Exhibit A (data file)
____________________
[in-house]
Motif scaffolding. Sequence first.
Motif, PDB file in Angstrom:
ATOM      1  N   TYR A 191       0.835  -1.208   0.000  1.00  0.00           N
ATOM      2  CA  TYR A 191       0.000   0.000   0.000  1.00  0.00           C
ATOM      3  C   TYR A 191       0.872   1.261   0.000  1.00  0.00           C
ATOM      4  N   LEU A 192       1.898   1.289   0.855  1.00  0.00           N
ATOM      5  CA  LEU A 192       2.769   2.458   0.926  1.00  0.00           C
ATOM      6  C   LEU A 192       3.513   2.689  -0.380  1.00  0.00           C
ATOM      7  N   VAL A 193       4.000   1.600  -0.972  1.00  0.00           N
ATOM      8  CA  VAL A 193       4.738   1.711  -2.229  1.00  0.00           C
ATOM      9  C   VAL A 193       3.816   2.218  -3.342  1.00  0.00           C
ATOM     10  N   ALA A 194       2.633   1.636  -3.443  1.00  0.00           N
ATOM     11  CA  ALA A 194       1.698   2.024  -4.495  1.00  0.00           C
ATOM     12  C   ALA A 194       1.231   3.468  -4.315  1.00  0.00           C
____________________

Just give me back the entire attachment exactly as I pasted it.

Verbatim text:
[in-house]
Motif scaffolding. Sequence first.
Motif, PDB file in Angstrom:
ATOM      1  N   TYR A 191       0.835  -1.208   0.000  1.00  0.00           N
ATOM      2  CA  TYR A 191       0.000   0.000   0.000  1.00  0.00           C
ATOM      3  C   TYR A 191       0.872   1.261   0.000  1.00  0.00           C
ATOM      4  N   LEU A 192       1.898   1.289   0.855  1.00  0.00           N
ATOM      5  CA  LEU A 192       2.769   2.458   0.926  1.00  0.00           C
ATOM      6  C   LEU A 192       3.513   2.689  -0.380  1.00  0.00           C
ATOM      7  N   VAL A 193       4.000   1.600  -0.972  1.00  0.00           N
ATOM      8  CA  VAL A 193       4.738   1.711  -2.229  1.00  0.00           C
ATOM      9  C   VAL A 193       3.816   2.218  -3.342  1.00  0.00           C
ATOM     10  N   ALA A 194       2.633   1.636  -3.443  1.00  0.00           N
ATOM     11  CA  ALA A 194       1.698   2.024  -4.495  1.00  0.00           C
ATOM     12  C   ALA A 194       1.231   3.468  -4.315  1.00  0.00           C